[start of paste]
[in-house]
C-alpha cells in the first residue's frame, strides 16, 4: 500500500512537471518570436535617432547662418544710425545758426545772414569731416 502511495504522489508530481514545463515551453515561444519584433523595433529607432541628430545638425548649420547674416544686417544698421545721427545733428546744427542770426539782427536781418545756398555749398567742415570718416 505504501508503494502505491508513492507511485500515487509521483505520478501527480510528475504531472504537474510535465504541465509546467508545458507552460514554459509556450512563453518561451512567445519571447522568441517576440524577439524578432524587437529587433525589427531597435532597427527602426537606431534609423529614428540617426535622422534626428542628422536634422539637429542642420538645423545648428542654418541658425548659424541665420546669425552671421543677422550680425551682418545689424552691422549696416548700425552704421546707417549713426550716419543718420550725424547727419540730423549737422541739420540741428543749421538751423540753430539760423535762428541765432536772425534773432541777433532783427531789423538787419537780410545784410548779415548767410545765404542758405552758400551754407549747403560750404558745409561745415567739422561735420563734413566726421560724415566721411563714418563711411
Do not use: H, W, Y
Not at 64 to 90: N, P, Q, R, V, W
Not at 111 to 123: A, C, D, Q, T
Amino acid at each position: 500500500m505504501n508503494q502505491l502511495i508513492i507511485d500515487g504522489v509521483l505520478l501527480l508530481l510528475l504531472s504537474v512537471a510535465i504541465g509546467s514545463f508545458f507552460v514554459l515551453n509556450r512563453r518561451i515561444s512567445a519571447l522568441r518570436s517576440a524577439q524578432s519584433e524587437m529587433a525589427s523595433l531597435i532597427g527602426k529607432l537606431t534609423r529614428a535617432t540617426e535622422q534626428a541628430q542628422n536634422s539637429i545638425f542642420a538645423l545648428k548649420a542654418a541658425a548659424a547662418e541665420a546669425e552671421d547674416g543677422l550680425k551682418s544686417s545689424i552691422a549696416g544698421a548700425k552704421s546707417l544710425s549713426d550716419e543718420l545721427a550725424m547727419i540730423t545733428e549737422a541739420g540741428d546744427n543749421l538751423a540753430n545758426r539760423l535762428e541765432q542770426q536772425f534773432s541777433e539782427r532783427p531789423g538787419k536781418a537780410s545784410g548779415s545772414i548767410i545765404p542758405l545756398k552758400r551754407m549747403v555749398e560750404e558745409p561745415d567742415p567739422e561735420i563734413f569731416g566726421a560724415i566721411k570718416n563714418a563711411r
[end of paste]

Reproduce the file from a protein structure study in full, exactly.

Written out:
[in-house]
C-alpha cells in the first residue's frame, strides 16, 4: 500500500512537471518570436535617432547662418544710425545758426545772414569731416 502511495504522489508530481514545463515551453515561444519584433523595433529607432541628430545638425548649420547674416544686417544698421545721427545733428546744427542770426539782427536781418545756398555749398567742415570718416 505504501508503494502505491508513492507511485500515487509521483505520478501527480510528475504531472504537474510535465504541465509546467508545458507552460514554459509556450512563453518561451512567445519571447522568441517576440524577439524578432524587437529587433525589427531597435532597427527602426537606431534609423529614428540617426535622422534626428542628422536634422539637429542642420538645423545648428542654418541658425548659424541665420546669425552671421543677422550680425551682418545689424552691422549696416548700425552704421546707417549713426550716419543718420550725424547727419540730423549737422541739420540741428543749421538751423540753430539760423535762428541765432536772425534773432541777433532783427531789423538787419537780410545784410548779415548767410545765404542758405552758400551754407549747403560750404558745409561745415567739422561735420563734413566726421560724415566721411563714418563711411
Do not use: H, W, Y
Not at 64 to 90: N, P, Q, R, V, W
Not at 111 to 123: A, C, D, Q, T
Amino acid at each position: 500500500m505504501n508503494q502505491l502511495i508513492i507511485d500515487g504522489v509521483l505520478l501527480l508530481l510528475l504531472s504537474v512537471a510535465i504541465g509546467s514545463f508545458f507552460v514554459l515551453n509556450r512563453r518561451i515561444s512567445a519571447l522568441r518570436s517576440a524577439q524578432s519584433e524587437m529587433a525589427s523595433l531597435i532597427g527602426k529607432l537606431t534609423r529614428a535617432t540617426e535622422q534626428a541628430q542628422n536634422s539637429i545638425f542642420a538645423l545648428k548649420a542654418a541658425a548659424a547662418e541665420a546669425e552671421d547674416g543677422l550680425k551682418s544686417s545689424i552691422a549696416g544698421a548700425k552704421s546707417l544710425s549713426d550716419e543718420l545721427a550725424m547727419i540730423t545733428e549737422a541739420g540741428d546744427n543749421l538751423a540753430n545758426r539760423l535762428e541765432q542770426q536772425f534773432s541777433e539782427r532783427p531789423g538787419k536781418a537780410s545784410g548779415s545772414i548767410i545765404p542758405l545756398k552758400r551754407m549747403v555749398e560750404e558745409p561745415d567742415p567739422e561735420i563734413f569731416g566726421a560724415i566721411k570718416n563714418a563711411r